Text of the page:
Turnbull takes a few questions from the media, then his family, wife Lucy, daughter Daisy and his grandkids, Alice and Jack join him in the Prime Ministerial courtyard.

    Jack yells “Boo!” at the media. Australia’s 29th PM goes into backbench wrangling mode with “Uh, come on Jack.”

    The upside to all this? Jack starts school next year and can expect the 63-year-old ex PM to be on the school run. There is life after politics.

    Among his final comments as leader, Turnbull says: “We have so much going for us in this country. We have to be proud of it and cherish it.”

    Saeed Khan/AFP/Getty ImagesMalcolm Turnbull leaves his final media conference with his granddaughter Alice in arm.
  • 1:55pm During our new PM’s past life he’s swung by the BI offices a few times to chat with editor-in-chief Paul Colgan and global markets and economics editor David Scutt for our weekly Devils and details podcast.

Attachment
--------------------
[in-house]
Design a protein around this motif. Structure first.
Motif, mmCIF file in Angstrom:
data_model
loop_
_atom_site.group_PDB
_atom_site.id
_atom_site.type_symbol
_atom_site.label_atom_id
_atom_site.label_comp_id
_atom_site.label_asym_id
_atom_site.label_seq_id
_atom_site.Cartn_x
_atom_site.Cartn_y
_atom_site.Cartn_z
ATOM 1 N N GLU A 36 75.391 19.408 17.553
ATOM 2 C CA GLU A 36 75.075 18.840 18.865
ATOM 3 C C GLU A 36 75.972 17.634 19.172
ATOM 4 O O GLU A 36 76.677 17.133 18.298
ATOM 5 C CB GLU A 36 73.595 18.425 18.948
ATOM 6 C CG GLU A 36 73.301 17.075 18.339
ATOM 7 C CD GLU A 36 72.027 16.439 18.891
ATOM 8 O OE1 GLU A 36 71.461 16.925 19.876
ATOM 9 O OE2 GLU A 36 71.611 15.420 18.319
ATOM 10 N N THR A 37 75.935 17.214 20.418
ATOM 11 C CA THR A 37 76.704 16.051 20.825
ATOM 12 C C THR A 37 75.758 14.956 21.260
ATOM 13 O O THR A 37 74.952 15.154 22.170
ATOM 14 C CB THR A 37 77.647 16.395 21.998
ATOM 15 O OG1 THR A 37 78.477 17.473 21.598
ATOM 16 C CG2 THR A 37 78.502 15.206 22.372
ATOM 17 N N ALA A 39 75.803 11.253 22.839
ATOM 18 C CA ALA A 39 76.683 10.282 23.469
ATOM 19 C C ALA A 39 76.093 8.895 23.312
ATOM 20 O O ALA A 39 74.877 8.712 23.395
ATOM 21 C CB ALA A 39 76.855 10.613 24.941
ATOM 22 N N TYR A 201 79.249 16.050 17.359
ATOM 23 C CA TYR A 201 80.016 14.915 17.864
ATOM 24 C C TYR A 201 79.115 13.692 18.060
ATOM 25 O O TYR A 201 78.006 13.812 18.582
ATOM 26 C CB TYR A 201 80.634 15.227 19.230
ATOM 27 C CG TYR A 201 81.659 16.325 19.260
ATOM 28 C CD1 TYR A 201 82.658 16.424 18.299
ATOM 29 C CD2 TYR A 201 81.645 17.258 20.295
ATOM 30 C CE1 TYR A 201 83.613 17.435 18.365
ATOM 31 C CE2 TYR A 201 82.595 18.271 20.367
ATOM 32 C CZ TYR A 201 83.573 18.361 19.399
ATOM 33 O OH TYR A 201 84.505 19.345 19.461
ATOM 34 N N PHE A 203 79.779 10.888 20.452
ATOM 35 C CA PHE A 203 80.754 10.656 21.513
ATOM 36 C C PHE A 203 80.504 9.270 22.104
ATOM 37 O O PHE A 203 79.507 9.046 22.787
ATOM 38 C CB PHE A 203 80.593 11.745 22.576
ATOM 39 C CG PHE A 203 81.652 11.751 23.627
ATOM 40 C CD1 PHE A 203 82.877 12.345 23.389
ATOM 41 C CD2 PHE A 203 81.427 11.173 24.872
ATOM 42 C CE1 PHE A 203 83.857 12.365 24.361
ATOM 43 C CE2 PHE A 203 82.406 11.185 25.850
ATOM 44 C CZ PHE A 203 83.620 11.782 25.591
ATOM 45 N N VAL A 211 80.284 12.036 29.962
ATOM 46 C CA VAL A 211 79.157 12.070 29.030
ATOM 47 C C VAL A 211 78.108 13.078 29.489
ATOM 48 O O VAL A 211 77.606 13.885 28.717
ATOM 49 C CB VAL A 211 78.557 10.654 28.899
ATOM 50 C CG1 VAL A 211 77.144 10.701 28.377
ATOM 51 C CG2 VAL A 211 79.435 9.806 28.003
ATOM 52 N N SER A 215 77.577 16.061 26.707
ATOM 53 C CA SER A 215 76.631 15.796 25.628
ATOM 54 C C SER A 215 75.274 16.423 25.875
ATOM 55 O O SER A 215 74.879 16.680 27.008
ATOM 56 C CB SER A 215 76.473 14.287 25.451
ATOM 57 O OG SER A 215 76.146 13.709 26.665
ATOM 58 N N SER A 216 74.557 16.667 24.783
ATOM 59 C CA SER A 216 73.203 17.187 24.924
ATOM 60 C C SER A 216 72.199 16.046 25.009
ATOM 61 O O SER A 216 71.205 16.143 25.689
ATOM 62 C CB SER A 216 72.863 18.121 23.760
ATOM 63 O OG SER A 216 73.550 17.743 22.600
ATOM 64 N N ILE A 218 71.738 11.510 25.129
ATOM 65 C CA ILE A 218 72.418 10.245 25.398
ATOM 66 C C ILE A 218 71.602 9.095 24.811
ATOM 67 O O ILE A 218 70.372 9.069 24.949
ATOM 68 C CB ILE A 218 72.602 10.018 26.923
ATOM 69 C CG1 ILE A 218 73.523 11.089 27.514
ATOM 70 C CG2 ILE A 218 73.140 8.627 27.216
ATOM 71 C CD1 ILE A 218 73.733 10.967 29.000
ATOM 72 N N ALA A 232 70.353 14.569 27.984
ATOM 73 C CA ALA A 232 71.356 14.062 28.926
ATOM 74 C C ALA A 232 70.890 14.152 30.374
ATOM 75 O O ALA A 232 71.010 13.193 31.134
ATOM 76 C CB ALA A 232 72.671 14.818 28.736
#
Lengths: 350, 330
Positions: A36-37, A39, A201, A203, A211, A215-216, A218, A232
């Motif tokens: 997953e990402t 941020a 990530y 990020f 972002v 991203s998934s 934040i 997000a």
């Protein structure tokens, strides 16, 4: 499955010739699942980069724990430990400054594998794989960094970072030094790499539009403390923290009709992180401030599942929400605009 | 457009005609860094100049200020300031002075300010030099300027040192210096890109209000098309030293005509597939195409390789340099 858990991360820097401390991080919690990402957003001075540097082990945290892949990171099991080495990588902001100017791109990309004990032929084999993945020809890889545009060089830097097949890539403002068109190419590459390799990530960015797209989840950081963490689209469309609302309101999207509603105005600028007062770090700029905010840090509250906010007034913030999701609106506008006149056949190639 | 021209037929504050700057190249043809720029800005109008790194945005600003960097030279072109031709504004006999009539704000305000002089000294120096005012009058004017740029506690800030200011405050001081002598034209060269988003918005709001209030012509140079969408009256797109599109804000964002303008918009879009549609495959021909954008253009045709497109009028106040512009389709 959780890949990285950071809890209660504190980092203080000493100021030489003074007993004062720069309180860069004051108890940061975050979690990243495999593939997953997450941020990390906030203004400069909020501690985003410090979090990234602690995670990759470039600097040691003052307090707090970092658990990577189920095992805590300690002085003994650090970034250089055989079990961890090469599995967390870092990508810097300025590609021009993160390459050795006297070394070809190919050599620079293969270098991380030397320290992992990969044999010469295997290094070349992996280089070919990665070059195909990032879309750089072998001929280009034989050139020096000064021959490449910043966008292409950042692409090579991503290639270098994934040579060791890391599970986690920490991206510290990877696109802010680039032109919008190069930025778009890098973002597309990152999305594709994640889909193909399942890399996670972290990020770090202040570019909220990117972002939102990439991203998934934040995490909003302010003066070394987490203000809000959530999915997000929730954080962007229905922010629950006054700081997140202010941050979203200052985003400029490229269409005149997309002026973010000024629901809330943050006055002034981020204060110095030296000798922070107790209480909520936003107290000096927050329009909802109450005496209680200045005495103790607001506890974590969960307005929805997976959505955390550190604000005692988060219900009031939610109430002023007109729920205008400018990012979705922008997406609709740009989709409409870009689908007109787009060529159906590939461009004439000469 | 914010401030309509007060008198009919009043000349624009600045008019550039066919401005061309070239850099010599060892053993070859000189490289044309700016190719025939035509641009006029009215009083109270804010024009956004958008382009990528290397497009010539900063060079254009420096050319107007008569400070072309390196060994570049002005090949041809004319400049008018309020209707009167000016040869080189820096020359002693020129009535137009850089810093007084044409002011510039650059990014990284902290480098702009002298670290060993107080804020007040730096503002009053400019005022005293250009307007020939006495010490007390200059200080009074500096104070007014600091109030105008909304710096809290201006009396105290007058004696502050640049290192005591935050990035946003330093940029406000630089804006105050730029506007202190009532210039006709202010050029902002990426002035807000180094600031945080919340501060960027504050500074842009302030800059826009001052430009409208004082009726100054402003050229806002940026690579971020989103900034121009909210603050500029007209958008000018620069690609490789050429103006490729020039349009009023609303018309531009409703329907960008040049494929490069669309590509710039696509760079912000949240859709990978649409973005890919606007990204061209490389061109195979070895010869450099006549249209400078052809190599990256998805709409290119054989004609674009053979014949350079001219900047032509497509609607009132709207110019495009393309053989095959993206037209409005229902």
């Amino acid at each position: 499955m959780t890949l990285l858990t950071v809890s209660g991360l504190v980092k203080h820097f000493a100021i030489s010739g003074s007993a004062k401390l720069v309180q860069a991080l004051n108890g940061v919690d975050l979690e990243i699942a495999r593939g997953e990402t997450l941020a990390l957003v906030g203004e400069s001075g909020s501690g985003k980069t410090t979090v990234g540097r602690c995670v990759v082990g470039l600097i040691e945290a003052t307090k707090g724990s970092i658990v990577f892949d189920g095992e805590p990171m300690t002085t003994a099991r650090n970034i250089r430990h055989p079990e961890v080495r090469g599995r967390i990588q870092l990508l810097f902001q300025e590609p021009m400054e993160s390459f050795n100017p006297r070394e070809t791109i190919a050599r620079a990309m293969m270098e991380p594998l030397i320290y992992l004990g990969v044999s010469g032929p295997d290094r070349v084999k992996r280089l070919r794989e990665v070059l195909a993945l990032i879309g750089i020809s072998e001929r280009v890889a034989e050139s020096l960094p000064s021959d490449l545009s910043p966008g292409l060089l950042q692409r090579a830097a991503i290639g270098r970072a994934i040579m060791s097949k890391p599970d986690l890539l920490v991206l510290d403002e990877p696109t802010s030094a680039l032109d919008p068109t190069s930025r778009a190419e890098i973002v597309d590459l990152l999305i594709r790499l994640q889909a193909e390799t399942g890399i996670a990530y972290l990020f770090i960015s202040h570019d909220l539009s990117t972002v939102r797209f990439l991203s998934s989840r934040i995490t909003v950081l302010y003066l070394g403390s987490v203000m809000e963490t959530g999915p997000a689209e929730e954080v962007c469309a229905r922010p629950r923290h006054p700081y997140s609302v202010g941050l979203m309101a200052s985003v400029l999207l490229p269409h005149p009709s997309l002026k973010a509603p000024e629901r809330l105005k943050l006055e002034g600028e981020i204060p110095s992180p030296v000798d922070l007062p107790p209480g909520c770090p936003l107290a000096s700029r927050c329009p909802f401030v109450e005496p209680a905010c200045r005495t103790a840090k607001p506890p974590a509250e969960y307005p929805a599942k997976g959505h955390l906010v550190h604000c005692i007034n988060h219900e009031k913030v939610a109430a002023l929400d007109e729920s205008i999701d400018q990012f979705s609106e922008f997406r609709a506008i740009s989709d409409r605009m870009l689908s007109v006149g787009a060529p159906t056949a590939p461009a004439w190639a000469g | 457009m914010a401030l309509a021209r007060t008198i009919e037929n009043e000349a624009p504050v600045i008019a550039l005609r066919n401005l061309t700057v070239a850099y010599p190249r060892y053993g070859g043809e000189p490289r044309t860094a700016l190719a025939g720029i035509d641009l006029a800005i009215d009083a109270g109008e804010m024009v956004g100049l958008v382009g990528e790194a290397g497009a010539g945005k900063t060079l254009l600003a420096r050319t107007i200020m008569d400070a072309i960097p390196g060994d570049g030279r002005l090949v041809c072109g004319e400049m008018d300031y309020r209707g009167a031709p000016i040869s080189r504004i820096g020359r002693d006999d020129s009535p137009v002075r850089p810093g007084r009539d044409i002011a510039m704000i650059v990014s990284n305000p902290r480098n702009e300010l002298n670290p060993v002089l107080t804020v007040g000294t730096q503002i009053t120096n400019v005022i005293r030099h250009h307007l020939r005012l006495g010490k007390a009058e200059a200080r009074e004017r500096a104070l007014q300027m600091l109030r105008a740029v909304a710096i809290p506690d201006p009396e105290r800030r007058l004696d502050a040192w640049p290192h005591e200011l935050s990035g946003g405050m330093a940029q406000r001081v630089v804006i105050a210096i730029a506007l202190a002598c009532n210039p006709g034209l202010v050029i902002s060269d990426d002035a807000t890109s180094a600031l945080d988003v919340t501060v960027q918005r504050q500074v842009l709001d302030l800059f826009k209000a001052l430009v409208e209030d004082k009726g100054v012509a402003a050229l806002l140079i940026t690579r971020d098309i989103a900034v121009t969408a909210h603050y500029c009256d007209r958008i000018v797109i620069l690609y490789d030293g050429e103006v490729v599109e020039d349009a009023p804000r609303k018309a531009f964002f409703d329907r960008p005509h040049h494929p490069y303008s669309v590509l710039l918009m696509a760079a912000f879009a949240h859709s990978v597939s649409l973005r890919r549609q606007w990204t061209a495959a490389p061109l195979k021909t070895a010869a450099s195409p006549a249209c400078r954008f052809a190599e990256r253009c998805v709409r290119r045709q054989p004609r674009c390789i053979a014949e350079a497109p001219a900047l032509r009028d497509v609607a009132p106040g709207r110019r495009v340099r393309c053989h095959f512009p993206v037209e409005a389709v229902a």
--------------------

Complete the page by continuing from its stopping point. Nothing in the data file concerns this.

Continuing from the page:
He was last on in June, offering his assessment of the economy, the mix of economic growth, and the risk in the property market — which is one of the biggest questions hanging over voters’ minds. Have a listen to what he had to say here.
  • 1:50pm The Fixer fixed it. South Australian moderate Christopher “I’m a fixer” Pyne has been remarkably chirpy through this week of turmoil. Sky News reports he was doing the numbers for Morrison. Fixed.
  • 1:40pm The deposed PM will speak at 2pm for the last time as a politician. He announced ahead of the vote that unlike his predecessor, he’d leave politics immediately. For now he remains PM until Morrison is sworn in by the Governor General. What will the man who once said a prime minister “broke the nation’s heart” tell the Australian people?
  • 1:35pm New Prime Minister Scott Morrison will speak shortly. He now has 10 months or less to prepare the government for the next election, but his biggest challenge is to try and, as they say, “unite and heal” the party. The question is whether the forces around Dutton and Abbott will be content with vanquishing Turnbull and can fall in behind their new leader.
  • 13:18: A gracious Peter Dutton has emerged from the party room and pledged “absolute loyalty” to Scott Morrison as prime minister.